It’s becoming a familiar story, but the Post reports this morning on the rise of real estate foreclosures in the Northern Virginia area:
Home repossessions are cropping up almost everywhere in the region, regularly occurring on suburban streets unaccustomed to hard times. In Montgomery County, the foreclosure rate has tripled in a year. In Fairfax County, it has quadrupled. In Loudoun County, it has increased tenfold. In Howard County, there was one foreclosure in 2004; there are 157 so far this year. District officials are reporting a similar trend.
The surge in foreclosures, in relatively good times, can be traced to risky, so-called subprime mortgage loans made to people who stretched too far to purchase homes in an inflated real estate market.
In many cases, lenders loosened credit rules for home buyers with bad credit, who made no down payment or who didn’t earn enough money to qualify for traditional loans. The lenders charged them higher interest rates, which made the loans more expensive
Back at the height of the real estate market, it made sense for lenders to offer, and homeowners to buy into things like interest-only loans. The payments were incredibly low, meaning that you could potentially afford to buy a house that you wouldn’t be able to afford if it was financed through a traditional 30 year mortgage.
The problems started when the real estate market took a dip
Bolivian immigrants Marcelo Ortega, a dump truck driver, and his wife, Jenny, who cleans houses, bought a brick-front Colonial in Herndon for $549,000 in February 2006. The payments are $4,200 a month, which grew unbearable as residential construction work slowed and Ortega’s income dropped.
The couple tried to sell the house, but the value has fallen to $499,000, and they can’t refinance without paying a steep prepayment penalty, something Ortega says they did not know
It’s more likely that they didn’t really take the time to understand what they were buying into, or bother to read what they were signing. But there’s something even more fundamental about this; what made Mr. Ortega think that he could afford a half million dollar house on the salary of a dump truck driver and someone how cleans houses for a living ? That bad financial decision is not the lenders fault.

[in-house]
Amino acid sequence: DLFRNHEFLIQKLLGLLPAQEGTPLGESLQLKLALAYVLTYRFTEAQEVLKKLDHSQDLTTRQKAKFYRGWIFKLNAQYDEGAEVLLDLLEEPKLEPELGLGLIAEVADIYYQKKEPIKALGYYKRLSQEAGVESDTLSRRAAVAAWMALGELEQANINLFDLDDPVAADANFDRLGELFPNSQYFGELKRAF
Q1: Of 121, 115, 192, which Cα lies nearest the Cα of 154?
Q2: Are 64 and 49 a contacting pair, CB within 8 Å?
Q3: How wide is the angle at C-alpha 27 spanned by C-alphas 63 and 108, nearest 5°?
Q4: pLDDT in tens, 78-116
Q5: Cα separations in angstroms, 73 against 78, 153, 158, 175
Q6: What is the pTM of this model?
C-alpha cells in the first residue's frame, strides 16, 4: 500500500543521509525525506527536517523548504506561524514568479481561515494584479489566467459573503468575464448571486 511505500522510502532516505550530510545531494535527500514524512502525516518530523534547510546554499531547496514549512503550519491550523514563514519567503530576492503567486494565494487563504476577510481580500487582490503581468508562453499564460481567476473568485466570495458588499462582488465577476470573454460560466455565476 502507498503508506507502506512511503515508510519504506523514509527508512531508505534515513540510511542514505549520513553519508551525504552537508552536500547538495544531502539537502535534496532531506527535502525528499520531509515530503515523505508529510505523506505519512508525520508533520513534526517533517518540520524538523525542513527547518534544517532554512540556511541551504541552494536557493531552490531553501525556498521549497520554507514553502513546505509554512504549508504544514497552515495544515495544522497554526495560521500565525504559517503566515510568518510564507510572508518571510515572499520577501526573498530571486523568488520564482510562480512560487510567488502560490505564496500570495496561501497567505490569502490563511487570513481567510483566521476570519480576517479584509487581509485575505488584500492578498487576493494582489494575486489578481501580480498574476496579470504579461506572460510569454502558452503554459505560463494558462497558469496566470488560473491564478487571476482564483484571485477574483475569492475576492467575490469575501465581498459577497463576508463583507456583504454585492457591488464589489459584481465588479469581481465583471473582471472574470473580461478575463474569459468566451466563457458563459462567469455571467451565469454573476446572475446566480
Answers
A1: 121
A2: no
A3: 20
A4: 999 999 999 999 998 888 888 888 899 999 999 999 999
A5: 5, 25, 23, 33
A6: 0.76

As the Post relates, the increase in foreclosures is due in part to the decline in the market, but it’s also contributing to a further decline:
If foreclosures multiply in a neighborhood, with lenders eager to dump properties for a quick sale, home prices can be depressed. The drop in prices can pull down tax assessments, giving local governments less money to pay for schools, police, parks and social services.
And you can always tell the homes that are in foreclosure from those that are merely for sale:
The first effects of a foreclosure are cosmetic, as many Washington area residents are starting to learn. People facing foreclosure typically lack the time or money to maintain their homes, and then end up abandoning them. Torn screens are not replaced, the grass goes uncut, yards turn to weeds.
And, sometimes, people just walk away from the house altogether:
Home abandonment is not uncommon in foreclosures, because if people paid more for a house than it is now worth, or if they made only a small down payment, they can find themselves with a mortgage higher than the value of the home, making it almost impossible to sell at a profit or even to break even on the transaction expenses.
The uptick in foreclosures will end at some point, and the housing market will turn around. What one wonders is whether people will learn their lesson and not buy houses they clearly can’t afford.
Something tells me they won’t.